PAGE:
CAMPAIGNS: Philly auto exhibit attracts crowds by highlighting style

PR team: Auto Dealers Association of Greater Philadelphia (Philadelphia) and Tattar Richards-DBC (Horsham, PA) Campaign: Philadelphia International Auto Show 2003 Time frame: December 2002 - January 2003 Budget: $60,000

PR team: Auto Dealers Association of Greater Philadelphia (Philadelphia) and Tattar Richards-DBC (Horsham, PA) Campaign: Philadelphia International Auto Show 2003 Time frame: December 2002 - January 2003 Budget: $60,000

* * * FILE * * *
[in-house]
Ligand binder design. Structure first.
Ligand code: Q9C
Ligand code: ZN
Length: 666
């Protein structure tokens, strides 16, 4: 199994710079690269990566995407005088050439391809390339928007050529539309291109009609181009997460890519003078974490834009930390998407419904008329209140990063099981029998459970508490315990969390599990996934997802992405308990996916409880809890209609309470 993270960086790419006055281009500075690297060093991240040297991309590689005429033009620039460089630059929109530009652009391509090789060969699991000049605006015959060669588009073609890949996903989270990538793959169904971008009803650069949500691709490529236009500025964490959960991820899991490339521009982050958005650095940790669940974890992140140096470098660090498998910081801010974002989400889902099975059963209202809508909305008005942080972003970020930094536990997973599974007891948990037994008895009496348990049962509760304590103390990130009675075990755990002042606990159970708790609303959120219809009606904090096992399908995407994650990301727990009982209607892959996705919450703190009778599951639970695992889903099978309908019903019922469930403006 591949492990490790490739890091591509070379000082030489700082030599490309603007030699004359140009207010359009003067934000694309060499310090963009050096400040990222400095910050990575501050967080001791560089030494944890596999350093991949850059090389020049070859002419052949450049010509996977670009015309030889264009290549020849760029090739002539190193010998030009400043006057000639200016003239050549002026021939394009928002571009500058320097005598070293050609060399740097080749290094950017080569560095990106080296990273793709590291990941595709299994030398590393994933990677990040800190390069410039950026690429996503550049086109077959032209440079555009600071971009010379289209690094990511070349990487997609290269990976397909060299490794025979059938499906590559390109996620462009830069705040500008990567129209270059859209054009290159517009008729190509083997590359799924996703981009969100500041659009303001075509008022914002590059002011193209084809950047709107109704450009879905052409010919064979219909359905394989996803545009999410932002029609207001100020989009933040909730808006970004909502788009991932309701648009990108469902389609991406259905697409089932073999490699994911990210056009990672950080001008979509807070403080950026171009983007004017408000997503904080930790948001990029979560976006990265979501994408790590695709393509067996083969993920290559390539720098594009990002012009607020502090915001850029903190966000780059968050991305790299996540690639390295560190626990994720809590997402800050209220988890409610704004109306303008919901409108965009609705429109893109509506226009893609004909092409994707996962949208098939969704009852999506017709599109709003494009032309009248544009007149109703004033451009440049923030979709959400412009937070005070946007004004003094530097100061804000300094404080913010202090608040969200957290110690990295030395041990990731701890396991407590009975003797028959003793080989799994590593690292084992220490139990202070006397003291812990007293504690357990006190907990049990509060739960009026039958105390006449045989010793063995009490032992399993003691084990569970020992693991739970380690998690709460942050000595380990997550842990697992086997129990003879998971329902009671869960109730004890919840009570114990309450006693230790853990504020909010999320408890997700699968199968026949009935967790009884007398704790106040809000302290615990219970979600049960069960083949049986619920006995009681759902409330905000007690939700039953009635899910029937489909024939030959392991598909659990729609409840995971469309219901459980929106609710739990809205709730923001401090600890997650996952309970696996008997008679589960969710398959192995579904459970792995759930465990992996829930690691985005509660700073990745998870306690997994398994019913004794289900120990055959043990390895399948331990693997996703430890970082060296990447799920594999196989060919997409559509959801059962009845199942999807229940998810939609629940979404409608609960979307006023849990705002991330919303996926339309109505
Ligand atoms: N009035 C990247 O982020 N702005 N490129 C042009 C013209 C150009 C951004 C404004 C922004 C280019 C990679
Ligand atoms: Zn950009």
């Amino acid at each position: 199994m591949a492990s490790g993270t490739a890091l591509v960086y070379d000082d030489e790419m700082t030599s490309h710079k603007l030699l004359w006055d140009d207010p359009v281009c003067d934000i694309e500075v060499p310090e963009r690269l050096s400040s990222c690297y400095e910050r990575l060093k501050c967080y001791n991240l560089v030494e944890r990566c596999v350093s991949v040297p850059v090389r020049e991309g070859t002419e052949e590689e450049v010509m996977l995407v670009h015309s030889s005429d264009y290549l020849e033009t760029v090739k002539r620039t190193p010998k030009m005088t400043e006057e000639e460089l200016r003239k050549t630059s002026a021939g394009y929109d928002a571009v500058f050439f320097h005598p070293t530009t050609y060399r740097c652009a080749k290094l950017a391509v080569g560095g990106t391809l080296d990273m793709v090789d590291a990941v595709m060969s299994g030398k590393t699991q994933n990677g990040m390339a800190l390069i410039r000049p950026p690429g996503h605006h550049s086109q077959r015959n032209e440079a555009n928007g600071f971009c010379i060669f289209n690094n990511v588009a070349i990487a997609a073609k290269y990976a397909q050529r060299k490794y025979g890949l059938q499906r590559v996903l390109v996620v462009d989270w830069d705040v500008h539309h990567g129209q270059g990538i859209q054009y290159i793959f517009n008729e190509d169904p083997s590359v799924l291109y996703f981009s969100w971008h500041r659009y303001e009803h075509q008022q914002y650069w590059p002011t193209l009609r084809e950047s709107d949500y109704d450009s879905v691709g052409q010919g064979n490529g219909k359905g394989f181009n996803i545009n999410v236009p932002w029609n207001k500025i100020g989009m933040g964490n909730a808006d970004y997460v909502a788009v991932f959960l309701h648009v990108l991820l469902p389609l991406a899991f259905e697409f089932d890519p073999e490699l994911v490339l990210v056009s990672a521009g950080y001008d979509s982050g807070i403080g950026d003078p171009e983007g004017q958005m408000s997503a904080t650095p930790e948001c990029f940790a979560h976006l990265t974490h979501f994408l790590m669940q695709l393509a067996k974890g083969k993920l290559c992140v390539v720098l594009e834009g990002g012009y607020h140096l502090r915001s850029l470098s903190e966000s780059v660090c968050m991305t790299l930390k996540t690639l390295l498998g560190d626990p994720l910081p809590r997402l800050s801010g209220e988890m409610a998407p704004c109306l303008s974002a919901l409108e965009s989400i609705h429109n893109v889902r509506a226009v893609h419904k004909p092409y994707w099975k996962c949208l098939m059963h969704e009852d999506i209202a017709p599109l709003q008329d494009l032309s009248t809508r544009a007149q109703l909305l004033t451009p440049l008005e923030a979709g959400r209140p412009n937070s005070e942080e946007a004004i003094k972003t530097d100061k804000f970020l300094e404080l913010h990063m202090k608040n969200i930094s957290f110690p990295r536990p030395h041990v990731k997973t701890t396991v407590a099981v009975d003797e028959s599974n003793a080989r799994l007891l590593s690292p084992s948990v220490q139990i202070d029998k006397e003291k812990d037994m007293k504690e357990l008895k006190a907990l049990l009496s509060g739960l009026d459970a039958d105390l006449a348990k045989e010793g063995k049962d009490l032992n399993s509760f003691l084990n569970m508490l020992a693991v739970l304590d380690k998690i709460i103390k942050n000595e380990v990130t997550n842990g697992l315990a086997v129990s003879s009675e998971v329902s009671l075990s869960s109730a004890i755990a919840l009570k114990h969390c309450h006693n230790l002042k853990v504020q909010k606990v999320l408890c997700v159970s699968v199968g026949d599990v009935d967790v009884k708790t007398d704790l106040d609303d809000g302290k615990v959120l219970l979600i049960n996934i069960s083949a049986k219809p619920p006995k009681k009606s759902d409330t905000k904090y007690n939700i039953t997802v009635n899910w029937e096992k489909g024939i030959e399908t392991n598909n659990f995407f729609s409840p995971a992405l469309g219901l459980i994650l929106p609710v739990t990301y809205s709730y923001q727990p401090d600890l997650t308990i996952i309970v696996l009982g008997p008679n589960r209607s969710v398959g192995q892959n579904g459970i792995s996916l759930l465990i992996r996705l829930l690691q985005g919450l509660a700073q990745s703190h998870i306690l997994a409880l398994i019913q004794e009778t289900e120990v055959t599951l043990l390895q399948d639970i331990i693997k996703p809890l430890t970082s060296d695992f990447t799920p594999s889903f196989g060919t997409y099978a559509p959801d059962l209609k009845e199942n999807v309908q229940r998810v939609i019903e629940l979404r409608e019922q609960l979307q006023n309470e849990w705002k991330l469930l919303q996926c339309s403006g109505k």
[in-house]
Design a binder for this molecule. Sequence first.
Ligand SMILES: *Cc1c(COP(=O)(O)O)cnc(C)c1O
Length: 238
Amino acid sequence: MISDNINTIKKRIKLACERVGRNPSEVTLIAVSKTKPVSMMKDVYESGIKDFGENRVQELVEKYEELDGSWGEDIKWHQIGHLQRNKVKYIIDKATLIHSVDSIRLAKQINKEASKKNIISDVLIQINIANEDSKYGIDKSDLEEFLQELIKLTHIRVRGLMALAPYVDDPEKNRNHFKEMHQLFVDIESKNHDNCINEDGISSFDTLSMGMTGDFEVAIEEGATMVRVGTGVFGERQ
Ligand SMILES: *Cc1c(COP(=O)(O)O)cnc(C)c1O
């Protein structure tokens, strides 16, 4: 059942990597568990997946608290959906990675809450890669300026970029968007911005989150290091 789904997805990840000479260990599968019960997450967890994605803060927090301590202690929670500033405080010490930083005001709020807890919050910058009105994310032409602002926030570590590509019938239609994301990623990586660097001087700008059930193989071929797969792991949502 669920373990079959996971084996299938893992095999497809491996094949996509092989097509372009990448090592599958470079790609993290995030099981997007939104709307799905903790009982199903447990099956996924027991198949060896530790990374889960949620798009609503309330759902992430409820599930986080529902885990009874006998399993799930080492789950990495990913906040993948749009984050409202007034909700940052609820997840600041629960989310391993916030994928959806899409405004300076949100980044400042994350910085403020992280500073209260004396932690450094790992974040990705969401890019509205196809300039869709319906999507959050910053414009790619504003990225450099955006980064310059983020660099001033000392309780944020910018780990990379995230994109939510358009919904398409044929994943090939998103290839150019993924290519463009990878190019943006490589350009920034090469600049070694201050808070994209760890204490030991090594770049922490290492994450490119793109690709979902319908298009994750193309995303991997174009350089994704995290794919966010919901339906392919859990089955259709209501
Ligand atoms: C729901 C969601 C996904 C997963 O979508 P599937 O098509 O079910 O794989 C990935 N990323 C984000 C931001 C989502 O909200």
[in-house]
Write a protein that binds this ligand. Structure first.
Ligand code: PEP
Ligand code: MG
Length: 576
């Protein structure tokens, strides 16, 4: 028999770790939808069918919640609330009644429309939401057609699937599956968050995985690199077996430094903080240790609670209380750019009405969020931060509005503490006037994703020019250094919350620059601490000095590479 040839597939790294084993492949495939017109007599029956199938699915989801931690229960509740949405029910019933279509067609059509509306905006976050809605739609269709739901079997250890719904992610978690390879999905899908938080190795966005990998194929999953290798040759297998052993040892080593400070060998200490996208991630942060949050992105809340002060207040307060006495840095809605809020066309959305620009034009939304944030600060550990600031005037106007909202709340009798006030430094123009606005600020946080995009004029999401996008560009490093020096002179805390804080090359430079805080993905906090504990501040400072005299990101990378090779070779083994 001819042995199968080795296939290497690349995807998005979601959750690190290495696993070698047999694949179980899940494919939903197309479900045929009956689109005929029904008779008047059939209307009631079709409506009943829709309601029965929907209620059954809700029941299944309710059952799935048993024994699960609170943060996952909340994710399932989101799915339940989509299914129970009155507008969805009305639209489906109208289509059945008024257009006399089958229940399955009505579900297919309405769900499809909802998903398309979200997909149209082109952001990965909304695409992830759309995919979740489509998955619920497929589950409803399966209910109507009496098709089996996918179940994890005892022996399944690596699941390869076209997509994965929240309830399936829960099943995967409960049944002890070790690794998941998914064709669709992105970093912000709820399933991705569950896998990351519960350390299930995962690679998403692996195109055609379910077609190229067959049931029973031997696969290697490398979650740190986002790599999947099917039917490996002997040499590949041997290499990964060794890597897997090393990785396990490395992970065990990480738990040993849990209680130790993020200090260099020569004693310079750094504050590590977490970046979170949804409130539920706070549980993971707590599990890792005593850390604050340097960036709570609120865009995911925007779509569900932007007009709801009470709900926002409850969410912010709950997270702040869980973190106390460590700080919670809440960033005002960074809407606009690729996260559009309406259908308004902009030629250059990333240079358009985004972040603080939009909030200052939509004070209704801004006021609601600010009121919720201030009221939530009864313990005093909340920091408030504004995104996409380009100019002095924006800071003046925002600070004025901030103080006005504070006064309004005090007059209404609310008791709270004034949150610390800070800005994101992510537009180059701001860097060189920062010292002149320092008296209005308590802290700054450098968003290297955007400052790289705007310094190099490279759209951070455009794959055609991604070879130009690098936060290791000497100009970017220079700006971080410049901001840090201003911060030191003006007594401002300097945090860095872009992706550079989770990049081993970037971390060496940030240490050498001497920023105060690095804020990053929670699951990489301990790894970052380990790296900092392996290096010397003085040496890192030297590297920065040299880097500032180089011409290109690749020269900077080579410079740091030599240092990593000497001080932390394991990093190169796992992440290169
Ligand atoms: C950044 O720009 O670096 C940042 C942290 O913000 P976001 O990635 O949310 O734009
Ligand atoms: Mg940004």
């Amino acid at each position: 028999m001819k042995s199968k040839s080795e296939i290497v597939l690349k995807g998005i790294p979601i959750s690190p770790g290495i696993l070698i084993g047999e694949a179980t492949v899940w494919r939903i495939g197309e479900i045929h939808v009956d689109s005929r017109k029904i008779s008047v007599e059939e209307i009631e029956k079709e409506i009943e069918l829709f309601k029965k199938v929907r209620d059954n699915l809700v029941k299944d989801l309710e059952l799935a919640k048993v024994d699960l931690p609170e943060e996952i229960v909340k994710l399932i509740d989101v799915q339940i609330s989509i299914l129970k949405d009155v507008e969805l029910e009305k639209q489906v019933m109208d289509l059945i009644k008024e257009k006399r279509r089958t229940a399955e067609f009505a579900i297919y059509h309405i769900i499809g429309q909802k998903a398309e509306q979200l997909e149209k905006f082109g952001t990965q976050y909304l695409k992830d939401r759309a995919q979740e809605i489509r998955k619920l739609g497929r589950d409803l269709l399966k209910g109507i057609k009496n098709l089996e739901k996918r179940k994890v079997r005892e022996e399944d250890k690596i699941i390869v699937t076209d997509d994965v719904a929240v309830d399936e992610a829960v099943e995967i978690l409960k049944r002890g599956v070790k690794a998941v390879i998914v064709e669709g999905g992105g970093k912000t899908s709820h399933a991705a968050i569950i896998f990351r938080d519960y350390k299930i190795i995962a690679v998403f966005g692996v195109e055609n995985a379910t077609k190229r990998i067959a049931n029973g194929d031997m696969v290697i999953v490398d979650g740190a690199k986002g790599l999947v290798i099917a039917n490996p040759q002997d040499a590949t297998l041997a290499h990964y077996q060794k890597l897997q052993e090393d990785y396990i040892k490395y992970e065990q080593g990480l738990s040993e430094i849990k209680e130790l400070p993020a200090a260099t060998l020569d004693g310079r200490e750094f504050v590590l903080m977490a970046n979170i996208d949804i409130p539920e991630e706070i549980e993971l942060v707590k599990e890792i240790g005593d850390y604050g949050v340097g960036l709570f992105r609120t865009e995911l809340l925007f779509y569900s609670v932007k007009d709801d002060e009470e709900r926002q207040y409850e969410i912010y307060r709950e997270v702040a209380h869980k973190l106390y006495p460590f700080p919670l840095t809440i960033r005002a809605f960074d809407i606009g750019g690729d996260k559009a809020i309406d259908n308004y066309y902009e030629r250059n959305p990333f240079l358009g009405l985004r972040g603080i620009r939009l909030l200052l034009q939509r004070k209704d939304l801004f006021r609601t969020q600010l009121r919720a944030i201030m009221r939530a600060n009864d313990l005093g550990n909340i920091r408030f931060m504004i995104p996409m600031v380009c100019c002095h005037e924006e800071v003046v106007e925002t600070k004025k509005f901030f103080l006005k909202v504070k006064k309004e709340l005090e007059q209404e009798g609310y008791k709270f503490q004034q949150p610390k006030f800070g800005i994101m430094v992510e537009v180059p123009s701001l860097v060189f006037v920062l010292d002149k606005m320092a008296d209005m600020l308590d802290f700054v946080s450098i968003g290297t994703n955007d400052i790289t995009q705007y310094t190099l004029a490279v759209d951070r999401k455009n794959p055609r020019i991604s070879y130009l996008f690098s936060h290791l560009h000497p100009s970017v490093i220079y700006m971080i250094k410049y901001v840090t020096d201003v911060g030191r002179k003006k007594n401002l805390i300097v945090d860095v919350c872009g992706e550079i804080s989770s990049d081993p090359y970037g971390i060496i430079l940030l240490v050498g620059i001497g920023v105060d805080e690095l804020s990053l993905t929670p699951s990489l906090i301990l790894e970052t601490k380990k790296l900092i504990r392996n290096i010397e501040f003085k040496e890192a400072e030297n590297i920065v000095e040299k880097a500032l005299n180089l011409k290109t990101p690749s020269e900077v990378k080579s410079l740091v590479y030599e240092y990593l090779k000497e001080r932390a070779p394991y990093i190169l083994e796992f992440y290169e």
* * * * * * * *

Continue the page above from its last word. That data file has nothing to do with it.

In 2002, the Philadelphia International Auto Show earned massive local press attention and drew more than 200,000 people to the city's convention center to check out more than 700 vehicles. From a publicity perspective, it was a big success. But that didn't stop the PR team of the Auto Dealers Association of Greater Philadelphia and its agency, Tattar Richards-DBC, from setting their sights even higher in 2003. In agency president Scott Tattar's words, the big challenges were "keeping it fresh and not resting on our laurels." Strategy At the outset, the goals were clear: maintain attendance levels and increase coverage so more attendees could find out about the show through news reports. "The focus is always about getting as many people in the Philadelphia Convention Center as possible," Tattar says. "It's all about the numbers. That's how we're measured." In order to craft a messaging strategy for the media, the agency turned to the show's main attraction: the cars. "Last year, so many new cars, whether it was a Kia or a Cadillac, were all about style," Tattar says. "All of a sudden, just because you only had $8,000 or $10,000 to spend on a car, it didn't mean you had to sacrifice style. This was a big movement on the part of the manufacturers." Tattar Richards adopted this for the show's theme, training its spokesman to focus on the manufacturers' emphasis on style. Tactics Much of the execution came down to a media relations effort that resulted in exposure in the city's two daily newspapers and on local TV news. The PR team coordinated events like the pre-show media day, a remote-control car race, and Mayor John Street driving in the first car. The show also had a partnership with the Southeastern Pennsylvania Transit Authority, which addressed transportation issues and parking concerns. And part of the PR effort was designed to highlight the relationship between the Auto Dealers Association and the CARing for Kids program, which raises funds to support the Children's Hospital of Philadelphia. One of the biggest tactical challenges was responding to what could have been a major distraction from the auto show: football. The show was bookended by a pair of Philadelphia Eagles playoff games, both of which were played at home. The auto show had to "ride the green wave," said Kevin Mazzucola, executive director of the Auto Dealers Association. That meant livening up already-planned visits by the players, showing the games on large-screen televisions in the convention center, and even getting the manufacturers to show them on their plasma displays. The show's organizers served stadium fare, and the Eagles' fight song was played often. "We can handle one game - we're at that stature," Mazzucola says. "But two home playoff games makes a lot more work and adds a lot of uniqueness to the show." Results Because of an onslaught of press attention, the numbers game worked out in Tattar Richards' favor. The publicity effort landed 247 print media hits and 117 broadcast hits, both increases from the previous year. With a market-research study, the agency had proof that the increased media exposure had a direct effect on attendance. Almost 77% of those polled said they saw or heard a news report on the show; 42% said they were aware of the CARing for Kids program; and 87% said the show helped influence their automobile-buying decisions. Future The campaign's success resulted in a three-year contract for Tattar Richards-DBC. The 2004 show took place earlier this month. "It's a fluid event," Tattar says. "The cars are different, the people are different, and the issues are different with regard to other news we're trying to counter."

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